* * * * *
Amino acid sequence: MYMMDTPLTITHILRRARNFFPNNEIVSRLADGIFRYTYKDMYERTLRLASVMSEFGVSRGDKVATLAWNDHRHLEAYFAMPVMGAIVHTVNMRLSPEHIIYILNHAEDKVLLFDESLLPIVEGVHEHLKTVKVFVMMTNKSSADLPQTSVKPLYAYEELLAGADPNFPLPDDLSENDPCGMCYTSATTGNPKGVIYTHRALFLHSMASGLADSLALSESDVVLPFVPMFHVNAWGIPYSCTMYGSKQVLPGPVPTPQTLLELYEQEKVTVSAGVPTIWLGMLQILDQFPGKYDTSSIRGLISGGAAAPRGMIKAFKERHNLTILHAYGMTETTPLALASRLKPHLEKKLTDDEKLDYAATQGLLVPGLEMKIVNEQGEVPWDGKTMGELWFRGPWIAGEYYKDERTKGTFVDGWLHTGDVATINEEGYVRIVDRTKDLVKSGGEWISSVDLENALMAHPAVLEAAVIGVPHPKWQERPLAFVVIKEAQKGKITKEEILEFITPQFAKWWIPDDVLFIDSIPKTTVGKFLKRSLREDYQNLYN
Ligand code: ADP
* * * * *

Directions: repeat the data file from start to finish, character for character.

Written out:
Amino acid sequence: MYMMDTPLTITHILRRARNFFPNNEIVSRLADGIFRYTYKDMYERTLRLASVMSEFGVSRGDKVATLAWNDHRHLEAYFAMPVMGAIVHTVNMRLSPEHIIYILNHAEDKVLLFDESLLPIVEGVHEHLKTVKVFVMMTNKSSADLPQTSVKPLYAYEELLAGADPNFPLPDDLSENDPCGMCYTSATTGNPKGVIYTHRALFLHSMASGLADSLALSESDVVLPFVPMFHVNAWGIPYSCTMYGSKQVLPGPVPTPQTLLELYEQEKVTVSAGVPTIWLGMLQILDQFPGKYDTSSIRGLISGGAAAPRGMIKAFKERHNLTILHAYGMTETTPLALASRLKPHLEKKLTDDEKLDYAATQGLLVPGLEMKIVNEQGEVPWDGKTMGELWFRGPWIAGEYYKDERTKGTFVDGWLHTGDVATINEEGYVRIVDRTKDLVKSGGEWISSVDLENALMAHPAVLEAAVIGVPHPKWQERPLAFVVIKEAQKGKITKEEILEFITPQFAKWWIPDDVLFIDSIPKTTVGKFLKRSLREDYQNLYN
Ligand code: ADP